Friday, May 22, 2015

Names do hurt, even years later - Baby Huey

Growing up, I was a short, thin child, and no more naive than any other 10-year-old. 

My father took to calling me Baby Huey, 

Baby Huey was a gigantic, naive, and bumbling duckling cartoon character.  

I took this to mean that my father thought I was fat and stupid.

I don't know if that was his intention.  I challenged him on it when I was an adult and he denied ever saying it.

He couldn't remember calling me a name that scarred my self-esteem for years.


He also didn't remember telling me I would never be able to drive a car with a manual transmission "because you won't be able to shift in the corners".  I challenged him on this one when I started driving a semi-truck with 13 gears. "I never said that," he claimed.

I still drive a stick shift.  And I still occasionally think about his comment when I'm driving around a corner.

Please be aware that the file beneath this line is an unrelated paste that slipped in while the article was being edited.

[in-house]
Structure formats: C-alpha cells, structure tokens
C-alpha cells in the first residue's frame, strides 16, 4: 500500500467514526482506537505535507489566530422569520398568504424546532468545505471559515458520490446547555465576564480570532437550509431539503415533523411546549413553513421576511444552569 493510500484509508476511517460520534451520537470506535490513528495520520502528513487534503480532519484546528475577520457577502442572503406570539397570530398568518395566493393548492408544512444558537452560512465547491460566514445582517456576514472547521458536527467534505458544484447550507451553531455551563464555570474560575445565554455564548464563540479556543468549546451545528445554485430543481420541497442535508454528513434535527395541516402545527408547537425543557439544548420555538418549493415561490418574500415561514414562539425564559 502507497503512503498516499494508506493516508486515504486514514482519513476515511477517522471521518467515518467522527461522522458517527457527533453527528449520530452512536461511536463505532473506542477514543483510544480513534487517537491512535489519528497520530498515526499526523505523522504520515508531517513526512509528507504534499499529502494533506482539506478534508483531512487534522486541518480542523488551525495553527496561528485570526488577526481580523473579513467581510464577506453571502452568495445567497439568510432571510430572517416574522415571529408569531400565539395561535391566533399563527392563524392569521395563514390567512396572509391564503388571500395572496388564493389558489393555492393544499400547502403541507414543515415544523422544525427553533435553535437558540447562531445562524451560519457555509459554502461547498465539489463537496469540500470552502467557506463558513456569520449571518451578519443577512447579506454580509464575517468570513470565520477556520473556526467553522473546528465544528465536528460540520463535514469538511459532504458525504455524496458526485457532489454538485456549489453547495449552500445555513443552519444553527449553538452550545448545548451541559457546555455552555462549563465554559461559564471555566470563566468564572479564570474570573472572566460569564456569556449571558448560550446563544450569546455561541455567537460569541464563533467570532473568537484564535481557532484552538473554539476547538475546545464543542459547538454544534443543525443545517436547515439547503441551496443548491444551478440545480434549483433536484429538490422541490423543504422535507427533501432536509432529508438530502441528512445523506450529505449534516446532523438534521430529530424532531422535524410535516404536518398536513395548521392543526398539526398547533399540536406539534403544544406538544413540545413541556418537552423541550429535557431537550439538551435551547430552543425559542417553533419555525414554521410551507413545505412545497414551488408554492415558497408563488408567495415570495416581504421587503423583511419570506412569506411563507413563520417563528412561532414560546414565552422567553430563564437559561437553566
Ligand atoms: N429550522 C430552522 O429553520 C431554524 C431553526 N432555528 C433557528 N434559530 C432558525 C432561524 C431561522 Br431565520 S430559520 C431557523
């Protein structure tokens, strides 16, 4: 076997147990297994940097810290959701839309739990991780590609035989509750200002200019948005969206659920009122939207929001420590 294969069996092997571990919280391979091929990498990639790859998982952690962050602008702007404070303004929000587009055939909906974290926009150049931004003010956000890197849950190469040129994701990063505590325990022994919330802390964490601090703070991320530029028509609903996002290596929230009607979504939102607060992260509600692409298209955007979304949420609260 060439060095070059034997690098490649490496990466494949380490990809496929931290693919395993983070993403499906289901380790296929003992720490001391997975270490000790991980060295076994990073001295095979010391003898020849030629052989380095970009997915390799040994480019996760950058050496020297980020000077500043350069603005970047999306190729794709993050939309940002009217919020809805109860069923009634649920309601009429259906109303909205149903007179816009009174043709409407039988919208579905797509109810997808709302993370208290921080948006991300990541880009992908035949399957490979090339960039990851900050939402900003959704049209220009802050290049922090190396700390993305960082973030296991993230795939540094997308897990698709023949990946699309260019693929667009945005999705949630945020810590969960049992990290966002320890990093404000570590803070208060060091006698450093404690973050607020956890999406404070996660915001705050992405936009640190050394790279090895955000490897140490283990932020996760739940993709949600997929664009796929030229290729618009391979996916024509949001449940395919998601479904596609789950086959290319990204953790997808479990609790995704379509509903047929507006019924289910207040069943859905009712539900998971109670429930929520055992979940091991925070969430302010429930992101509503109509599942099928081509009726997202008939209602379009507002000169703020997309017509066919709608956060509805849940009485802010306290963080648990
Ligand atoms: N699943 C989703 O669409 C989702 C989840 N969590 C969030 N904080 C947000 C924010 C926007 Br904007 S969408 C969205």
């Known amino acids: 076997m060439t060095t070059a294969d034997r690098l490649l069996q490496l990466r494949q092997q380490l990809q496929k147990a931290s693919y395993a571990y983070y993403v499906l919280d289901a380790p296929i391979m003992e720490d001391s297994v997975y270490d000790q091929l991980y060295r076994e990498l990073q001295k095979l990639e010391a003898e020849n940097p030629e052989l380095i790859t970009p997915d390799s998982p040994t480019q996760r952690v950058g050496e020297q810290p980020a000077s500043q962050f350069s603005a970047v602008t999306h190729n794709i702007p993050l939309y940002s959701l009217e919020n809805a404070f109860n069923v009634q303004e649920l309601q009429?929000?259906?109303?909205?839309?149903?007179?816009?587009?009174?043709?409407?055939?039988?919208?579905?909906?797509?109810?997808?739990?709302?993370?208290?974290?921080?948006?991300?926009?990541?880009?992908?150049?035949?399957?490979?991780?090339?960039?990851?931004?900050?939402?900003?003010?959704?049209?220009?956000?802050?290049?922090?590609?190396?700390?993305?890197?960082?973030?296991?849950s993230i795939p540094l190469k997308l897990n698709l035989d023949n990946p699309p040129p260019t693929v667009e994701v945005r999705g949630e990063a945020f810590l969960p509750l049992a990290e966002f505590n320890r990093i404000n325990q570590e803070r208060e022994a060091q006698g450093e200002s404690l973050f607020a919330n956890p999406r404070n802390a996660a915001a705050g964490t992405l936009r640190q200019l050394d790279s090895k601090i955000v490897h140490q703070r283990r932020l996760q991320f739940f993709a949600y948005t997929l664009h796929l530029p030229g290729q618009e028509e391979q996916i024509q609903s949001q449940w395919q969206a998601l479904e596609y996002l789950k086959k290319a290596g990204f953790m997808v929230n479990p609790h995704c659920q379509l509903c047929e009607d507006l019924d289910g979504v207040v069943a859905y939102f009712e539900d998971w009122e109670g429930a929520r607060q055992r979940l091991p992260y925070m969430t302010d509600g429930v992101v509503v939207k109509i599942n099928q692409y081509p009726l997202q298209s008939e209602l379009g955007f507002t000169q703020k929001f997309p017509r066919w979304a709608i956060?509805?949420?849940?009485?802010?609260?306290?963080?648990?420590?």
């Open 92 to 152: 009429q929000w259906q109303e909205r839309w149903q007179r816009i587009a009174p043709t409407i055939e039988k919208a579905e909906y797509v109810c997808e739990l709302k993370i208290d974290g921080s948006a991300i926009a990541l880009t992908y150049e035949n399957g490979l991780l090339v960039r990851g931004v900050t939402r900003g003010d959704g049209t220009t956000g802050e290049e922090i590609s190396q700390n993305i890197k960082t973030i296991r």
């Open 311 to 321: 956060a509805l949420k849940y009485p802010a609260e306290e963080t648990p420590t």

What's my point?    

Off-hand remarks can scar.  Maybe I was an overly sensitive child.  Or maybe I was just a child wanting validation from her father.

I was devastated for years by remarks that my father didn't even remember making.  It still bothers me that I don't know what his motivation was.  

Did he think he was being funny?

Did he truly think I was stupid or incapable? 

Or was he just drunk?  And does that excuse it?  

 And why, 50 years later, does it still, sometimes, bother me?

Wikipedia link to Baby Huey


  1. This post reminded me of my grandfather's nickname for me: dumb dumb. Unfortunately, he didn't live long enough for me to ask why he selected this as my nickname. I think it had to do with my size as a child.

    1. They don't realize how much their words hurt.